I’ve got some cash I want to tie-up for a fixed term, either in a savings bond or cash Isa. I’ve had a look around and I’ve noticed there is quite a difference between Isa and non-Isa rates.
Why is there such disparity in terms of what these accounts pay? And should I ditch the idea of a cash Isa to earn a higher rate with a savings bond?
The gap between what fixed-rate savings bonds pay and their Isa equivalents is not new, and there are a number of reasons for the rate differences.
The top fixed-rate savings bonds currently offer up to 0.19 percentage points more than the equivalent fixed cash Isa.
Atom Bank’s one-year bond pays a market leading rate of 1.6pc, while OakNorth Bank’s same-term Isa offers a return of just 1.41pc.
The top savings rates are generally offered by smaller providers, who often operate solely online. However there is less competition in the cash Isa market as they require the bank or mutual to apply for a licence, which is costly.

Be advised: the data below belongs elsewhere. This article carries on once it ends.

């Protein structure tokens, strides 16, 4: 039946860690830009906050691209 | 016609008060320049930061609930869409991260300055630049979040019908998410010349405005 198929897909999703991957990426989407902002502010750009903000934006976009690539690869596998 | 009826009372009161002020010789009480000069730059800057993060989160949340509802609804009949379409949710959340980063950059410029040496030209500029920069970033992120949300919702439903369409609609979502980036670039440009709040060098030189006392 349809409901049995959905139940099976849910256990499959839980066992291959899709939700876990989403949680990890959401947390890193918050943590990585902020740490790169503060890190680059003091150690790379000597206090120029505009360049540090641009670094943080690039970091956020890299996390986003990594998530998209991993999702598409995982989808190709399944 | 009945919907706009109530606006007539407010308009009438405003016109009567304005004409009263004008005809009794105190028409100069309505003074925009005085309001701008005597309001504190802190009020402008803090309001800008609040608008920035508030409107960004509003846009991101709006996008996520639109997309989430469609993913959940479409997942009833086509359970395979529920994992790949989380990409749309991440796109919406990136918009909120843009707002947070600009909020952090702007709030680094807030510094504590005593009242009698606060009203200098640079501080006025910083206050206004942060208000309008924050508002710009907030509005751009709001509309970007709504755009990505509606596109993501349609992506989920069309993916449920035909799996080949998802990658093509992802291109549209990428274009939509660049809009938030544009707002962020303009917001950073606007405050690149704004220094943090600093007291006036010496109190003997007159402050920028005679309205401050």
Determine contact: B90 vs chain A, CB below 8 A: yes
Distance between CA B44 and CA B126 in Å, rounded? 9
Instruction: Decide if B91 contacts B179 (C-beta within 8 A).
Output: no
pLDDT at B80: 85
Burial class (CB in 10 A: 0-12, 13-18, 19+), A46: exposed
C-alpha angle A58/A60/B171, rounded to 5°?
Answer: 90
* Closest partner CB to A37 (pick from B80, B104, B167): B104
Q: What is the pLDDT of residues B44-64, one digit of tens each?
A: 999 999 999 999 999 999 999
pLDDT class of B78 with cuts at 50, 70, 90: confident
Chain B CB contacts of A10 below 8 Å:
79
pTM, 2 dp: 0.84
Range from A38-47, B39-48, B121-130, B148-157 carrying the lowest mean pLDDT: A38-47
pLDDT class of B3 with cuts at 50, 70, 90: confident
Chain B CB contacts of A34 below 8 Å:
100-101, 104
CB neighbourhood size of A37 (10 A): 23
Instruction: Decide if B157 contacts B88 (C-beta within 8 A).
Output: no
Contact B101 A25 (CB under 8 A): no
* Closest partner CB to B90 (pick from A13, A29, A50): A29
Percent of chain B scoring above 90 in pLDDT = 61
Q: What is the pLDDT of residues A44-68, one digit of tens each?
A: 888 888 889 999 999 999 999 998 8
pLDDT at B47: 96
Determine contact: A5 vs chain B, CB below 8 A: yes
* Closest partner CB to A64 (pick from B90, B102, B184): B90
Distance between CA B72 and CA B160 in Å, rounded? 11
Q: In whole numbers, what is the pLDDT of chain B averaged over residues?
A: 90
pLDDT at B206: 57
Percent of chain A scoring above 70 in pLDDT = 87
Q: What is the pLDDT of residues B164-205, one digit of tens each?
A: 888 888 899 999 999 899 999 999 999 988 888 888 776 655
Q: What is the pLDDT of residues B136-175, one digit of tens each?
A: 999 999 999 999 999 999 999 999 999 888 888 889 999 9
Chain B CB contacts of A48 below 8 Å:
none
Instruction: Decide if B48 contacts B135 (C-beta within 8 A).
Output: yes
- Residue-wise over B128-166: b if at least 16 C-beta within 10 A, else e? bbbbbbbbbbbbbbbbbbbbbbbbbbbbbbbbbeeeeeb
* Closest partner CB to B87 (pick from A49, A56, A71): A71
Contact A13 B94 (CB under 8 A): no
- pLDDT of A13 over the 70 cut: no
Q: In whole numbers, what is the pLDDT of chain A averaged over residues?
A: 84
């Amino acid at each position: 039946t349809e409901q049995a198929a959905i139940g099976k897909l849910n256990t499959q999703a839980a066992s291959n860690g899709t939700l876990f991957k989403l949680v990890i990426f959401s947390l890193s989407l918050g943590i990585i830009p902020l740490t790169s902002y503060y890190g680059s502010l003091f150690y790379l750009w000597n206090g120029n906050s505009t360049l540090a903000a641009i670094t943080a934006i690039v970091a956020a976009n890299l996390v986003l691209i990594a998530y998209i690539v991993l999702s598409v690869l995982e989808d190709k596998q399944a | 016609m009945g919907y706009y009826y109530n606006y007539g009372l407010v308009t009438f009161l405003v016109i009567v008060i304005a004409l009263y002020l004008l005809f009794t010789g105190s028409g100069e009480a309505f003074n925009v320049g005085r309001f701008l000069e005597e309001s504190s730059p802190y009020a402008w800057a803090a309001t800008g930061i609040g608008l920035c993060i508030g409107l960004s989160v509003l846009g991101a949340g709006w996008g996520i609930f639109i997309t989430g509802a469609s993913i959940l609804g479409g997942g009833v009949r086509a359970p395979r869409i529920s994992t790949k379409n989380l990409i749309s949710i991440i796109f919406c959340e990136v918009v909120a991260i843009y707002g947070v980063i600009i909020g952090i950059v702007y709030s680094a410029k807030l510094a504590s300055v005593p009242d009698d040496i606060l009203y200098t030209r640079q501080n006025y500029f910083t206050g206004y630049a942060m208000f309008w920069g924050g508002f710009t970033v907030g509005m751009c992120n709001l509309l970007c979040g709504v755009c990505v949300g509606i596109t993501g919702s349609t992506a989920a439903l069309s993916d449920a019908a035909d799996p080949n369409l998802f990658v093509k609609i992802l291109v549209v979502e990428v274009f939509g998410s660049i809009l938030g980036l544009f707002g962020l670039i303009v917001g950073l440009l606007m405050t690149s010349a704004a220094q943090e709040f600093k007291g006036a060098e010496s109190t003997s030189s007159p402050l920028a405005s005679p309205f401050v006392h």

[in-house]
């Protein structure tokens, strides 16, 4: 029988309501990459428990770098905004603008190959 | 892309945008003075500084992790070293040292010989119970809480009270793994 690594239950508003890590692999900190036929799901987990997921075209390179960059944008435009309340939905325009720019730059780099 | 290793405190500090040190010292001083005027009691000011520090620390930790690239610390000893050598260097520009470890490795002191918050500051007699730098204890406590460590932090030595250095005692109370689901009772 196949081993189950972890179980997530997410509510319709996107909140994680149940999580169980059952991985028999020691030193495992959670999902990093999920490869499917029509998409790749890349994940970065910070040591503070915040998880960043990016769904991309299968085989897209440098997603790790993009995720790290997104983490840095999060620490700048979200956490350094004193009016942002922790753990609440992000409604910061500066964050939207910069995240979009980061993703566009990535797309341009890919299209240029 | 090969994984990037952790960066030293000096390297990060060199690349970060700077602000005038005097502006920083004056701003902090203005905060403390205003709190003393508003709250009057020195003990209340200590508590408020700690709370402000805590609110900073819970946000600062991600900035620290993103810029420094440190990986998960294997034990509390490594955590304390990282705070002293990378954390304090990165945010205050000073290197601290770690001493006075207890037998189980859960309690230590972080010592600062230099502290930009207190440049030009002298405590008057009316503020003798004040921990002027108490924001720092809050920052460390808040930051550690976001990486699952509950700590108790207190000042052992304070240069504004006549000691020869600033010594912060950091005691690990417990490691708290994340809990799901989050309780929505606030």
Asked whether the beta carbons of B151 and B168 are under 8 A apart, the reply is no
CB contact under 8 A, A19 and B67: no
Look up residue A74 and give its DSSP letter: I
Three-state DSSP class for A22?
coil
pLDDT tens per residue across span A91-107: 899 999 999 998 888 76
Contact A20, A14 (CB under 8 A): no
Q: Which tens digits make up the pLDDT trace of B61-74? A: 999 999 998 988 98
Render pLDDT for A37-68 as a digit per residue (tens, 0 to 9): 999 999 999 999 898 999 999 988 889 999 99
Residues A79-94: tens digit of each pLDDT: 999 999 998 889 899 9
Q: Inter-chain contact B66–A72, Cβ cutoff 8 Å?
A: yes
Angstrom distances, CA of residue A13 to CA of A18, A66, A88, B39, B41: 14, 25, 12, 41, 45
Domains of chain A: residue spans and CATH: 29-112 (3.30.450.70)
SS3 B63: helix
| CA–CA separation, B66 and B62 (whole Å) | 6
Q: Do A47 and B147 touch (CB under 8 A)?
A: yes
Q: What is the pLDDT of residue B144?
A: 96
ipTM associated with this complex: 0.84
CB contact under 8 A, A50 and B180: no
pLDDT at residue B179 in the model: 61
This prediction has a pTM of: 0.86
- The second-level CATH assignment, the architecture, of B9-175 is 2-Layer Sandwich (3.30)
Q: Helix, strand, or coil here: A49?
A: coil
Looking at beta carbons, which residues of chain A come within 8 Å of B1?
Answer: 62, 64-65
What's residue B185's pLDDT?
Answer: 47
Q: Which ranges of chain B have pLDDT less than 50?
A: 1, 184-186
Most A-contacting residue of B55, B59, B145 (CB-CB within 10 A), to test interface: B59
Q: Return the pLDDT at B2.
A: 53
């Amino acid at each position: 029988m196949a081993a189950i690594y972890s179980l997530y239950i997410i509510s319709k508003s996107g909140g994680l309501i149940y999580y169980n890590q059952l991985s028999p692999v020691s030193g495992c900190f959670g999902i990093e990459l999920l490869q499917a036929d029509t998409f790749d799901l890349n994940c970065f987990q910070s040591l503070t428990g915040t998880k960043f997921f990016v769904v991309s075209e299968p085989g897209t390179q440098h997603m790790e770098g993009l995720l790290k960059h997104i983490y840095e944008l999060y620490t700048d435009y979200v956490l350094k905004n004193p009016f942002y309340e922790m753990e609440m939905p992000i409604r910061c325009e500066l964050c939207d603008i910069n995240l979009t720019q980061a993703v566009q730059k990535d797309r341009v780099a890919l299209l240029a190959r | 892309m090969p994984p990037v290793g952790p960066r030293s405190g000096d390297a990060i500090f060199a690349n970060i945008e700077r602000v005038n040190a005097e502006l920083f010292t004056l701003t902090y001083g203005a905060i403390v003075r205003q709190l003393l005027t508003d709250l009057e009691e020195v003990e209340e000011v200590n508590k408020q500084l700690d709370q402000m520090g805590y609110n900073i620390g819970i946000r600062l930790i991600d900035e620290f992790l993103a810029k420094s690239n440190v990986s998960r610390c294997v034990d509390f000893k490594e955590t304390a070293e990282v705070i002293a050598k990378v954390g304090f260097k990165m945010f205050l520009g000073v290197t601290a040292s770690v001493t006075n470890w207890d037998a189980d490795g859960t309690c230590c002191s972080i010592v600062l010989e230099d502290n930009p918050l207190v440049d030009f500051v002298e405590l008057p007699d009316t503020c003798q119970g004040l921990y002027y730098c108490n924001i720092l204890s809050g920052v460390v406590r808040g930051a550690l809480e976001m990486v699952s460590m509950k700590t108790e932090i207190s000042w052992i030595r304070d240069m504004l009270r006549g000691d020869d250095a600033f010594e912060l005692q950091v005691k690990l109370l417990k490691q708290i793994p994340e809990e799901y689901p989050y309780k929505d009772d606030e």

Fixed-rate bonds offer better returns because they are more restrictive than most fixed Isas. Bond providers know they have savers’ money for a guaranteed term, giving them more options about how they reinvest that cash, which they pass on in higher rates.
Fixed Isas may allow access or withdrawals, subject to a fee. In some cases this penalty can be hefty. Even for the top five one-year deals, early withdrawals are penalised with a loss of 60 to 90 days’ interest.
Deposit restrictions could also be a reason why cash Isas pay lower rates. The maximum that can be saved into an Isa in one tax year is £20,000.
But savers can pay much more into fixed-rate bonds. Some providers allow customers to deposit £250,000, for example.
However, the Financial Services Compensation Scheme, a lifeboat fund, only protects £85,000 held with each institution.
Banks want customers’ cash, which they use to fund their businesses, and those with higher maximum deposits offer better rates.
Isa rates are also seasonal. Traditionally providers ramp up rates around February, the start of "Isa season", to entice customers and encourage them to deposit their remaining allowances before the tax year ends. However, these rates have been generally become less attractive.